Pennsalt Chemicals Corp. v. Dravo Corp., 240 F. Supp. 837 (E.D. Pa. 1965)
March 29, 1965
DRAVO CORPORATION, Defendant.
United States District Court E. D. Pennsylvania.
*838 Arthur H. Seidel and Joel S. Goldhammer, Seidel & Gonda, Philadelphia, Pa., for plaintiff.
George J. Harding, 3rd, Frank A. Follmer, Busser, Smith & Harding, William H. Parmelee, Edward F. Welsh, and John S. Mason, Pittsburgh, Pa., Ralph D. Dinklage, Robert J. Eichelberg, and Burgess, Dinklage & Sprung, New York City, for defendant.
Plaintiff, Pennsalt Chemicals Corporation, has sued defendant, Dravo Corporation, for a declaratory judgment deciding that a certain patent is invalid and also asking for an injunction and damages. Plaintiff avers that defendant is the exclusive licensee of Lorenz patent No. 3,136,834.
Plaintiff also avers that this patent covers the manufacture, sale and use of certain degassing equipment used on molten steel in the steel producing industry; that plaintiff manufactures and sells similar degassing equipment in the steel industry as an active competitor of defendant; that defendant has threatened plaintiff, its customers and prospective customers with patent infringement suits under the Lorenz patent license owned by defendant; that plaintiff is not infringing defendant's patent inasmuch as the Lorenz patent, for which defendant is the exclusive licensee, is invalid and void for lack of invention and patentable novelty over prior art; that plaintiff has suffered and is suffering loss and damages because of defendant's threats of infringement litigation against plaintiff, its customers and prospective customers.
The first contention made by defendant in its motion to dismiss is that the dispute between the parties does not constitute a justiciable controversy within the meaning of the federal declaratory judgment act, 28 U.S.C.A. § 2201.
It is enough to dispose of this contention to point out that there are a number of decisions in the Third Circuit which have upheld the propriety of a declaratory judgment action in cases involving allegations of fact substantially similar to those asserted by plaintiff in the present case. Treemond Co. v. Schering Corp., 122 F.2d 702 (3d Cir. 1941); Fed. Tel. & Radio Corp. v. Associated Tel. & Tel. Co., 169 F.2d 1012 (3d Cir. 1948); cert. denied 335 U.S. 859, 69 S. Ct. 133, 93 L. Ed. 406 (1948); Simmonds Aerocessories Ltd. v. Elastic Stop Nut Corp. of America, 257 F.2d 485, 489, 490 (3d Cir. 1958); Foster Grant Co. v. Polymer Corp., 185 F. Supp. 619 (E.D.Pa.1960).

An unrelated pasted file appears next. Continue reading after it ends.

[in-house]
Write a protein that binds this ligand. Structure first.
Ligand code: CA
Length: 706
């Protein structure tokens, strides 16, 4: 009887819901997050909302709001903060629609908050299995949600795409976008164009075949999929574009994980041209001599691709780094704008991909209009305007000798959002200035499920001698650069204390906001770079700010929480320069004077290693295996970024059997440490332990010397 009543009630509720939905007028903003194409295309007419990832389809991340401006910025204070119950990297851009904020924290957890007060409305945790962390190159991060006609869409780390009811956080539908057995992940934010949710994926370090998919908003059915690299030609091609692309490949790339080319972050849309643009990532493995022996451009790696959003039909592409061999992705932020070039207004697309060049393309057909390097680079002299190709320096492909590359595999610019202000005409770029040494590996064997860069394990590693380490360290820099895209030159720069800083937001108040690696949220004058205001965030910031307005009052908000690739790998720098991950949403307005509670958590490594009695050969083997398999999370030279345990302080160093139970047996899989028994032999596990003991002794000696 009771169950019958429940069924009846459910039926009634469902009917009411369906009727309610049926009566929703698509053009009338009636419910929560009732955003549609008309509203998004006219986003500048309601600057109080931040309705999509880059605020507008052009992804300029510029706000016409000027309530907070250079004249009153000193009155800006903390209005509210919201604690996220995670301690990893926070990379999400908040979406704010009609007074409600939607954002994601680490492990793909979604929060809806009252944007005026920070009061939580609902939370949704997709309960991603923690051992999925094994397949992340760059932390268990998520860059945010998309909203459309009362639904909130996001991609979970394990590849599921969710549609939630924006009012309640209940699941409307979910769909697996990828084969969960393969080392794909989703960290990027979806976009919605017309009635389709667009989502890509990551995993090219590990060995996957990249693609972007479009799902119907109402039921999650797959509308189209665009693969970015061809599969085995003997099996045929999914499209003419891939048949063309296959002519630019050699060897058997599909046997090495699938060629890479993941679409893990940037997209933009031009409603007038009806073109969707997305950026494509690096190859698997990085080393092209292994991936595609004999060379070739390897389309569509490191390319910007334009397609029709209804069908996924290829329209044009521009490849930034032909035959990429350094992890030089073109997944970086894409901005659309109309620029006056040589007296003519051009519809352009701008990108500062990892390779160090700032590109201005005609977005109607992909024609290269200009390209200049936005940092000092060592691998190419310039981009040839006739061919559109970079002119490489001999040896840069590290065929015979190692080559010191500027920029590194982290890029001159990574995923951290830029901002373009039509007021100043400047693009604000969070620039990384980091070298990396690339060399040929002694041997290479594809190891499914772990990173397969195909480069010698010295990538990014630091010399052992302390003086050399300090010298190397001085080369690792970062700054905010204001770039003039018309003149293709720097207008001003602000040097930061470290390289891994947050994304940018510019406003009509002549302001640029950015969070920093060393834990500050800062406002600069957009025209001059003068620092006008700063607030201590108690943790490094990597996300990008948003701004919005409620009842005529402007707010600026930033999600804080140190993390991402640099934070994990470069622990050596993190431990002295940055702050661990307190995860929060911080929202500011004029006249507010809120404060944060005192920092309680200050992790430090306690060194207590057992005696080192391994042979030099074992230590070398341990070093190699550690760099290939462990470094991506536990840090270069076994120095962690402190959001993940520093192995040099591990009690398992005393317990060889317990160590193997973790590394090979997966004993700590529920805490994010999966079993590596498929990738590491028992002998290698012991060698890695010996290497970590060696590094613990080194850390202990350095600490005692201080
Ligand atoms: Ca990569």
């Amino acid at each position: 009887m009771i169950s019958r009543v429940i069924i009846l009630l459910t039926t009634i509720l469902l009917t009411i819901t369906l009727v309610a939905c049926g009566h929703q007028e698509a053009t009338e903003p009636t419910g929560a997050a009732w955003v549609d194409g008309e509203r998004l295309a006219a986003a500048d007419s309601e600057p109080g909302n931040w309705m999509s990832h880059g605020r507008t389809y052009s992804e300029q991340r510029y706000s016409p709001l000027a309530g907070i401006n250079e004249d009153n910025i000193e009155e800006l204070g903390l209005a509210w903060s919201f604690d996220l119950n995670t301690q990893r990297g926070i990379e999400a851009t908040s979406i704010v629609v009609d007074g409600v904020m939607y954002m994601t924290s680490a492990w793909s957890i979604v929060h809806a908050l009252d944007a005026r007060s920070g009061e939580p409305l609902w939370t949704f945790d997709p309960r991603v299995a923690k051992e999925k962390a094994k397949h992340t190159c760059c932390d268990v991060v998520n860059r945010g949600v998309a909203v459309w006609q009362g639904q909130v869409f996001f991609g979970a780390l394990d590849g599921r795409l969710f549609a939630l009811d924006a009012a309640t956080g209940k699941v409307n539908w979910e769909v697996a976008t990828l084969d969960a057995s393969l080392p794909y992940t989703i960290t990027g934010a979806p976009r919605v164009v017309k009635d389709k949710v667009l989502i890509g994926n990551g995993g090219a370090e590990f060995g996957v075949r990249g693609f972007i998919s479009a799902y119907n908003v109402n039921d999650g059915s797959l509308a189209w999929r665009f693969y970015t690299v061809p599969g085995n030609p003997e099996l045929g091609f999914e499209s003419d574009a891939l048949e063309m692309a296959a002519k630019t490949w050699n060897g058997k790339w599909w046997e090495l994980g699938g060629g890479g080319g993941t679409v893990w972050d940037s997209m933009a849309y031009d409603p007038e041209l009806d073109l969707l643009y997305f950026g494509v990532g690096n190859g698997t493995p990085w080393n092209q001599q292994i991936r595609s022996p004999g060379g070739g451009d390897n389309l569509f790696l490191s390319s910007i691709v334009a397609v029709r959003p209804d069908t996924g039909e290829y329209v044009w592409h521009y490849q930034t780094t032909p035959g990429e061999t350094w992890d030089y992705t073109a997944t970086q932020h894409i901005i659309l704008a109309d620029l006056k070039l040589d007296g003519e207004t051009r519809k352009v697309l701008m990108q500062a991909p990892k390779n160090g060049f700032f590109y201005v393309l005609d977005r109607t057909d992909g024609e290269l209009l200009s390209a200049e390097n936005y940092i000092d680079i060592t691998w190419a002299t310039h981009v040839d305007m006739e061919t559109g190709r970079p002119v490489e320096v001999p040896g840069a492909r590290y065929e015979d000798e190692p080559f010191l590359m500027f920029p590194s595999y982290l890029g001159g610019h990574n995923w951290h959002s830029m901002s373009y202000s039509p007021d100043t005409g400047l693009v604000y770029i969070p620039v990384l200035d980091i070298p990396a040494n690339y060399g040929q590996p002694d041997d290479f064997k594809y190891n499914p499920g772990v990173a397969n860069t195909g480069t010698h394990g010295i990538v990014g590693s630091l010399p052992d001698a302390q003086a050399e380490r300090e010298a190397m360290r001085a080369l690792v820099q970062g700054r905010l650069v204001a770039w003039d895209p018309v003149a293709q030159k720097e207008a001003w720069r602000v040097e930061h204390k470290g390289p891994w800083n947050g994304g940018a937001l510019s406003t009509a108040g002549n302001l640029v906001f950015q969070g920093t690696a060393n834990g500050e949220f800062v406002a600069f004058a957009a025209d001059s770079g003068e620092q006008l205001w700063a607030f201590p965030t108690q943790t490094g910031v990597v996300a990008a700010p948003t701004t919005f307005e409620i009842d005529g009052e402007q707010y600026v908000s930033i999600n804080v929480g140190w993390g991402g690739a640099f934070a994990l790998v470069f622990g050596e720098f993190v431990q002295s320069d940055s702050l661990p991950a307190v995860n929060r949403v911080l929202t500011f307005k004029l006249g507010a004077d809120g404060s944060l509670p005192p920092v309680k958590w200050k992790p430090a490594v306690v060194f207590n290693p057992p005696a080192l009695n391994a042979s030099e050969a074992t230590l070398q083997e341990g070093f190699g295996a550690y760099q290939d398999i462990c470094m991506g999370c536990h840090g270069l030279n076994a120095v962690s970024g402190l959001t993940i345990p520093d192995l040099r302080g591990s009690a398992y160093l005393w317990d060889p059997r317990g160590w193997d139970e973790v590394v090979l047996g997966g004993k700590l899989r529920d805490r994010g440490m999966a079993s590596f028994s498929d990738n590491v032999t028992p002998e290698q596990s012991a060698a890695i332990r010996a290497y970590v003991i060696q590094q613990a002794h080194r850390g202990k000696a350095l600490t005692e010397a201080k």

In the light of these decisions and after a close examination of the record, it must be concluded that there exists an actual justiciable controversy between the parties entitling the plaintiff to bring this declaratory judgment action. Defendant's contentions on this ground must be dismissed.
It appears from the pleadings and affidavits filed in this case that the patent in issue here is Lorenz patent No. 3,136,834 owned by Albert Lorenz and assigned by him to W. C. Heraeus GmbH., of Hanau, Main, Germany, hereinafter referred to as Heraeus. Defendant is alleged to have received an exclusive license under this patent from W. C. Heraeus GmbH. Defendant disputes this allegation *839 and contends that this action must be dismissed because Heraeus, which is beyond the jurisdiction of this court, is an indispensable party to the case.
In a suit to contest the validity of a patent, as in a suit for infringement, the patent owner or one who stands in his shoes as substantial owner of the patent, is an indispensable party without whom the court lacks jurisdiction to proceed, Waterman v. MacKenzie, 138 U.S. 252, 11 S. Ct. 334, 34 L. Ed. 923 (1891); Hook v. Hook & Ackerman, 187 F.2d 52 (3d Cir. 1951). Where there has been a transfer of the exclusive right to make, use and sell the patented product, albeit limited as to territory and/or time, the patent owner is not an indispensable party but the transferee who possesses the "exclusive license" is entitled to sue or be sued alone with regard to the patent. Waterman v. MacKenzie, supra; Hartford National Bank & Trust Co. v. Crowley & Co., 219 F.2d 568 (3d Cir. 1955).